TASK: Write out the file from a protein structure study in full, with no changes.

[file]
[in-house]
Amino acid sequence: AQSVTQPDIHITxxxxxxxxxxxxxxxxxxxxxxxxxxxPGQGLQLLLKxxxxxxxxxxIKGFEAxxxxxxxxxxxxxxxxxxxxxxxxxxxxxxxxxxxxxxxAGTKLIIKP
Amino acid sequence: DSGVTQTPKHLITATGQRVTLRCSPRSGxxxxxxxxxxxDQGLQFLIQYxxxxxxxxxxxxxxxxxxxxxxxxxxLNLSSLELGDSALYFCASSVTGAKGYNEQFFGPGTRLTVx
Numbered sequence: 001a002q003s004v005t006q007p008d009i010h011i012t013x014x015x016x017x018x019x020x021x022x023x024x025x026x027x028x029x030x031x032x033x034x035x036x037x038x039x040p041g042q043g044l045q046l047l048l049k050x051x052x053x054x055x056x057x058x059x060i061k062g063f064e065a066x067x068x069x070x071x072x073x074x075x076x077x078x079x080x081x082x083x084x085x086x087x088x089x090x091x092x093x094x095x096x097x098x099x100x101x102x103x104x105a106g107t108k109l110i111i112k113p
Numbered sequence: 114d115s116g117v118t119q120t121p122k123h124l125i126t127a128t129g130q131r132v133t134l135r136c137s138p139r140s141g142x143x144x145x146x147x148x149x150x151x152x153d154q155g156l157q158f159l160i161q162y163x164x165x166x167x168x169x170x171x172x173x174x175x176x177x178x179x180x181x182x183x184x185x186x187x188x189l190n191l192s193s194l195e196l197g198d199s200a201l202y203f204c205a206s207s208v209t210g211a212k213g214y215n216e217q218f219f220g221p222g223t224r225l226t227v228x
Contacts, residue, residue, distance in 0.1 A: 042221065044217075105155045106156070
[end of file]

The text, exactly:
[in-house]
Amino acid sequence: AQSVTQPDIHITxxxxxxxxxxxxxxxxxxxxxxxxxxxPGQGLQLLLKxxxxxxxxxxIKGFEAxxxxxxxxxxxxxxxxxxxxxxxxxxxxxxxxxxxxxxxAGTKLIIKP
Amino acid sequence: DSGVTQTPKHLITATGQRVTLRCSPRSGxxxxxxxxxxxDQGLQFLIQYxxxxxxxxxxxxxxxxxxxxxxxxxxLNLSSLELGDSALYFCASSVTGAKGYNEQFFGPGTRLTVx
Numbered sequence: 001a002q003s004v005t006q007p008d009i010h011i012t013x014x015x016x017x018x019x020x021x022x023x024x025x026x027x028x029x030x031x032x033x034x035x036x037x038x039x040p041g042q043g044l045q046l047l048l049k050x051x052x053x054x055x056x057x058x059x060i061k062g063f064e065a066x067x068x069x070x071x072x073x074x075x076x077x078x079x080x081x082x083x084x085x086x087x088x089x090x091x092x093x094x095x096x097x098x099x100x101x102x103x104x105a106g107t108k109l110i111i112k113p
Numbered sequence: 114d115s116g117v118t119q120t121p122k123h124l125i126t127a128t129g130q131r132v133t134l135r136c137s138p139r140s141g142x143x144x145x146x147x148x149x150x151x152x153d154q155g156l157q158f159l160i161q162y163x164x165x166x167x168x169x170x171x172x173x174x175x176x177x178x179x180x181x182x183x184x185x186x187x188x189l190n191l192s193s194l195e196l197g198d199s200a201l202y203f204c205a206s207s208v209t210g211a212k213g214y215n216e217q218f219f220g221p222g223t224r225l226t227v228x
Contacts, residue, residue, distance in 0.1 A: 042221065044217075105155045106156070